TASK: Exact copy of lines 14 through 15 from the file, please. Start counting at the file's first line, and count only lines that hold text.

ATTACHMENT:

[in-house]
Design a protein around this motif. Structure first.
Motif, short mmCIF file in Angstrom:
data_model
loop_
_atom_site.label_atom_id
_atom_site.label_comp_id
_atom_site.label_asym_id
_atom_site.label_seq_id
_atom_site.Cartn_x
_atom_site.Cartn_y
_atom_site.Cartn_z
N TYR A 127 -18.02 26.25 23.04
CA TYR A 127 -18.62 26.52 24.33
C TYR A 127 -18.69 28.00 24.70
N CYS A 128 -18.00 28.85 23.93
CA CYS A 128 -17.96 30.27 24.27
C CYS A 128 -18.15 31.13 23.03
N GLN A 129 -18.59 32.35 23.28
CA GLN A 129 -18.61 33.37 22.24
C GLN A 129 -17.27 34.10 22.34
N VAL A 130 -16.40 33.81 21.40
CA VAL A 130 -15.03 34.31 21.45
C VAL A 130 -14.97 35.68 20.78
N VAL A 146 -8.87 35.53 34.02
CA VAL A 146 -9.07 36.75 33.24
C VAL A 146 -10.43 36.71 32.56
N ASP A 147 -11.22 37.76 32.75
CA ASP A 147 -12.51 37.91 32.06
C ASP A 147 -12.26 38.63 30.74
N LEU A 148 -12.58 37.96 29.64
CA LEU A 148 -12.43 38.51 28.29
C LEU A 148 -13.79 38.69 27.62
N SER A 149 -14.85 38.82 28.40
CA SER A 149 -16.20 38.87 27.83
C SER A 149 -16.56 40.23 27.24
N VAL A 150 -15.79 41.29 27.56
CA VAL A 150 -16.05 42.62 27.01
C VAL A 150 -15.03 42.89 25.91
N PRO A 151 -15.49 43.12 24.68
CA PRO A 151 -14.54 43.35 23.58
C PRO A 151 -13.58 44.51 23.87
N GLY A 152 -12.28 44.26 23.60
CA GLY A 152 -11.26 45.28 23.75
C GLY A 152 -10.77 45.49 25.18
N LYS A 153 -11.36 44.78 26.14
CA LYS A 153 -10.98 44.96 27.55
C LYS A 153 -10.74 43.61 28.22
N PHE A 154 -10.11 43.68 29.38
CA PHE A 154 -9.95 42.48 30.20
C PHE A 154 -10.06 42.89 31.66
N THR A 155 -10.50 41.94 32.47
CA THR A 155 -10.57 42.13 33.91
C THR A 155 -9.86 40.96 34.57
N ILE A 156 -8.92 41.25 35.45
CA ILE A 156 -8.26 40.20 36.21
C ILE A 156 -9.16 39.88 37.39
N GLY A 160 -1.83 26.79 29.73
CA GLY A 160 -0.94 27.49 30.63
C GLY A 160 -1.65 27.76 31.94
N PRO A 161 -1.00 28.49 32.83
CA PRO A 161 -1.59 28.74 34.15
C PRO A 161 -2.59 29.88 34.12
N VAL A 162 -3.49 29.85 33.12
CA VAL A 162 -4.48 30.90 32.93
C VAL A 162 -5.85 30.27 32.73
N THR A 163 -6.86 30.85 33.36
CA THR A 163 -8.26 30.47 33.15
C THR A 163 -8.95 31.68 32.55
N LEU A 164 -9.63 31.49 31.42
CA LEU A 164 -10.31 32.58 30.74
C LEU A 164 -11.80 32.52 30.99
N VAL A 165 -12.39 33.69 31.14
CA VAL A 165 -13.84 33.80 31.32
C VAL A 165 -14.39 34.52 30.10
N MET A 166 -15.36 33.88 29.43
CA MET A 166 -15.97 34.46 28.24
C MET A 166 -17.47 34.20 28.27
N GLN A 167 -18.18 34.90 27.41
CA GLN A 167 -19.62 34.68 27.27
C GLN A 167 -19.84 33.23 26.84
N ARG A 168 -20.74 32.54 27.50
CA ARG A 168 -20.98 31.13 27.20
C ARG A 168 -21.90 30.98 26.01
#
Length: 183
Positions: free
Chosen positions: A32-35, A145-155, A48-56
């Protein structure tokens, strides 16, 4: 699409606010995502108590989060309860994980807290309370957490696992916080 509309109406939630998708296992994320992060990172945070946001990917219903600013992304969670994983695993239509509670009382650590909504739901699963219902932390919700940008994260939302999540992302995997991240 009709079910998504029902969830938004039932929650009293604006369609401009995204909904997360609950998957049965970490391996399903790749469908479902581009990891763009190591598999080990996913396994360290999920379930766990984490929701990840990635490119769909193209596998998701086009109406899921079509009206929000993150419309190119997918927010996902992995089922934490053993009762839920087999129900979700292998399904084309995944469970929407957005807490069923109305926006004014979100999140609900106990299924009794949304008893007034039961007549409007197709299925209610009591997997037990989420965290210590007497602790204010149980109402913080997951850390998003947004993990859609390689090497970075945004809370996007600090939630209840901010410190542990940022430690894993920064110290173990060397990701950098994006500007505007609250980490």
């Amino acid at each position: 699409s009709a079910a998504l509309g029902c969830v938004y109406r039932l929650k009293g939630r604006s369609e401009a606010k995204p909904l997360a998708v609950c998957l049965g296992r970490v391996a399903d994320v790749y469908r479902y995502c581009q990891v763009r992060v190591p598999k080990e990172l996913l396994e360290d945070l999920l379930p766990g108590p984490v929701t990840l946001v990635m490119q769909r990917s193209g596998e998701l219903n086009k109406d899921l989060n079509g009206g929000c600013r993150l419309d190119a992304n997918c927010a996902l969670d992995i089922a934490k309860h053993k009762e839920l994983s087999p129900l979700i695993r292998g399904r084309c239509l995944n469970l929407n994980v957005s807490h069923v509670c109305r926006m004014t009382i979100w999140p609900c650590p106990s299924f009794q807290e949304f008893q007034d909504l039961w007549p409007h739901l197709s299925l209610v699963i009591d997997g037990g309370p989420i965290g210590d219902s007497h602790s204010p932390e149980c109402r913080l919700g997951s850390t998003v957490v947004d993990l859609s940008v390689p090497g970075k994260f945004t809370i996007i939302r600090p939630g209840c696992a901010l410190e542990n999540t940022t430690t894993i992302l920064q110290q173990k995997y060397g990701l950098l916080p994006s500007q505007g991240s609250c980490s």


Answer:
CA TYR A 127 -18.62 26.52 24.33
C TYR A 127 -18.69 28.00 24.70